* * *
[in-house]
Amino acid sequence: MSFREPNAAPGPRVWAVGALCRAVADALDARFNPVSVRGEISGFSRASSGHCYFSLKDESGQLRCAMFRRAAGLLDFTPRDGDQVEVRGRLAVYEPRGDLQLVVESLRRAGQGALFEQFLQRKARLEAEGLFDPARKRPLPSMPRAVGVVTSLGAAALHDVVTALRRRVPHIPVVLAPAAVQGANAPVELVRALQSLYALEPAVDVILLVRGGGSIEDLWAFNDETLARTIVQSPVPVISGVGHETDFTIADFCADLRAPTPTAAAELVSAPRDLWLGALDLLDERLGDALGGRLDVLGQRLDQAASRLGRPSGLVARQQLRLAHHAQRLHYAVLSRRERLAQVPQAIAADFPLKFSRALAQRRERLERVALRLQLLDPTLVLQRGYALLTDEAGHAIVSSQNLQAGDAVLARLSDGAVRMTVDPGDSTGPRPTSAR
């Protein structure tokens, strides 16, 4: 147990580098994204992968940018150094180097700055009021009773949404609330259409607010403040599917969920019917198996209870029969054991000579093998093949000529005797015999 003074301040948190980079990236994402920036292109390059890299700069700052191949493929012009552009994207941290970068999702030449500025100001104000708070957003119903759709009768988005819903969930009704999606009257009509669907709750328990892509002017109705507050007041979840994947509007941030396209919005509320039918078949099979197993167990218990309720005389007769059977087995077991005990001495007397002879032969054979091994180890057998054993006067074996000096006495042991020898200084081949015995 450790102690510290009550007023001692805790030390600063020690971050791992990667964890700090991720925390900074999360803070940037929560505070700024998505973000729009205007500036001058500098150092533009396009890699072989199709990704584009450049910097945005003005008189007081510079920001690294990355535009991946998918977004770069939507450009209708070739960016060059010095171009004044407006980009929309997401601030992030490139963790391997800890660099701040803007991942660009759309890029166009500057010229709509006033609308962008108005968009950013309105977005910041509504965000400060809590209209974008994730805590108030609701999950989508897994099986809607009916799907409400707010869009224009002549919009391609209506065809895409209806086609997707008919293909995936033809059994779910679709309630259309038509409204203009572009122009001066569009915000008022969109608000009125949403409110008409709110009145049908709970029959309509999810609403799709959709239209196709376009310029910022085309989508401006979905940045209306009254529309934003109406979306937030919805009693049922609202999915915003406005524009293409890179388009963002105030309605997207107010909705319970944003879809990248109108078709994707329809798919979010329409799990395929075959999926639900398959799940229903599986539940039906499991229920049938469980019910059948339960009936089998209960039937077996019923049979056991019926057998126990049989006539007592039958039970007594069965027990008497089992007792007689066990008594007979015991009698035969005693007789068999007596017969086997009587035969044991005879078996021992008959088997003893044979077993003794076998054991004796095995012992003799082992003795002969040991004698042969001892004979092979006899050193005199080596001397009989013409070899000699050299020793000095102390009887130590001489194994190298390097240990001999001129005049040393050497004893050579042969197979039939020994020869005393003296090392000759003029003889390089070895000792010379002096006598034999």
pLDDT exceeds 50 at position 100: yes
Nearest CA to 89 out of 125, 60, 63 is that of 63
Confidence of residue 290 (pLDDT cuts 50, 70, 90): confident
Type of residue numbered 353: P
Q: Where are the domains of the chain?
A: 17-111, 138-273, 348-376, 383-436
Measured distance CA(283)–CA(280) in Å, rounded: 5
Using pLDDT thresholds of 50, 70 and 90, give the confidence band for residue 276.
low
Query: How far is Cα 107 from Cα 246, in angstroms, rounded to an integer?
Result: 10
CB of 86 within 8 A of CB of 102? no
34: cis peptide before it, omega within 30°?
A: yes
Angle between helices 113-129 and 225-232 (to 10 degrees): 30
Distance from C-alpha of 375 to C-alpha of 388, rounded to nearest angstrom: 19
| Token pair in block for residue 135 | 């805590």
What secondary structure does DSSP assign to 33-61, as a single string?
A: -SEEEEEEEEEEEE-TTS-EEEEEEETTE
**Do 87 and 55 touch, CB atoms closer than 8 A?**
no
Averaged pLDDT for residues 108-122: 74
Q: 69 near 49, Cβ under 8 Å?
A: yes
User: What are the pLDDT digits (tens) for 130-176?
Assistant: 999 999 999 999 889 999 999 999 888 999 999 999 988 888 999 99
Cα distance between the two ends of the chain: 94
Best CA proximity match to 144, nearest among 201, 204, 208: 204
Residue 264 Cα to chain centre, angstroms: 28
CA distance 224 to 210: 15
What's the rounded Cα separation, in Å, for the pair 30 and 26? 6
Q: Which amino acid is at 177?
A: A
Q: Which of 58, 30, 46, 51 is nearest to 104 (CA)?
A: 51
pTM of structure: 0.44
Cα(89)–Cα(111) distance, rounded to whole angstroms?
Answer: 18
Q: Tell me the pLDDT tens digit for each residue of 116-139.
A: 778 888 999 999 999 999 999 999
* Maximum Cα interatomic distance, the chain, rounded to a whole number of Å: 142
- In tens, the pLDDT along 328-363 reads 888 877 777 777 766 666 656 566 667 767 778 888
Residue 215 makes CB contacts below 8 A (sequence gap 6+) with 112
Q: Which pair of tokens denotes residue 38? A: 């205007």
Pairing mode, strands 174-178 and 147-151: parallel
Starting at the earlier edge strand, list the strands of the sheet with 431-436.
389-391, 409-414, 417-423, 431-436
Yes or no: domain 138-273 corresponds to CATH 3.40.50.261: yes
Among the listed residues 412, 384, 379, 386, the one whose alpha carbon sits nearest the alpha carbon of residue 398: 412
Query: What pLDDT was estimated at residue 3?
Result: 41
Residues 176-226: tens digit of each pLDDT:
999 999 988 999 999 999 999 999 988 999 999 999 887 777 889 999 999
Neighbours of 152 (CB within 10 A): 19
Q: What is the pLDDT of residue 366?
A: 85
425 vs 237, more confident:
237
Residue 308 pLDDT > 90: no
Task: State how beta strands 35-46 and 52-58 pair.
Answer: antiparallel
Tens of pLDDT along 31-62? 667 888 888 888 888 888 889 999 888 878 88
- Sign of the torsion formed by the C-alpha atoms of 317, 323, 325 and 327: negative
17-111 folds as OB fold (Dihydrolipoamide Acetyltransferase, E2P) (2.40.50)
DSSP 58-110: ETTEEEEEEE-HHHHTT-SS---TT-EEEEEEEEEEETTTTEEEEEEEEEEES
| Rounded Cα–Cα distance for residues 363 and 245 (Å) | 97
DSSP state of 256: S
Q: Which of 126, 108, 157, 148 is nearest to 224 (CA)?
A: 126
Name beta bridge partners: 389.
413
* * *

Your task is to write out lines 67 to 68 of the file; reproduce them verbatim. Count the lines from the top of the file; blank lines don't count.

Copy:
17-111 folds as OB fold (Dihydrolipoamide Acetyltransferase, E2P) (2.40.50)
DSSP 58-110: ETTEEEEEEE-HHHHTT-SS---TT-EEEEEEEEEEETTTTEEEEEEEEEEES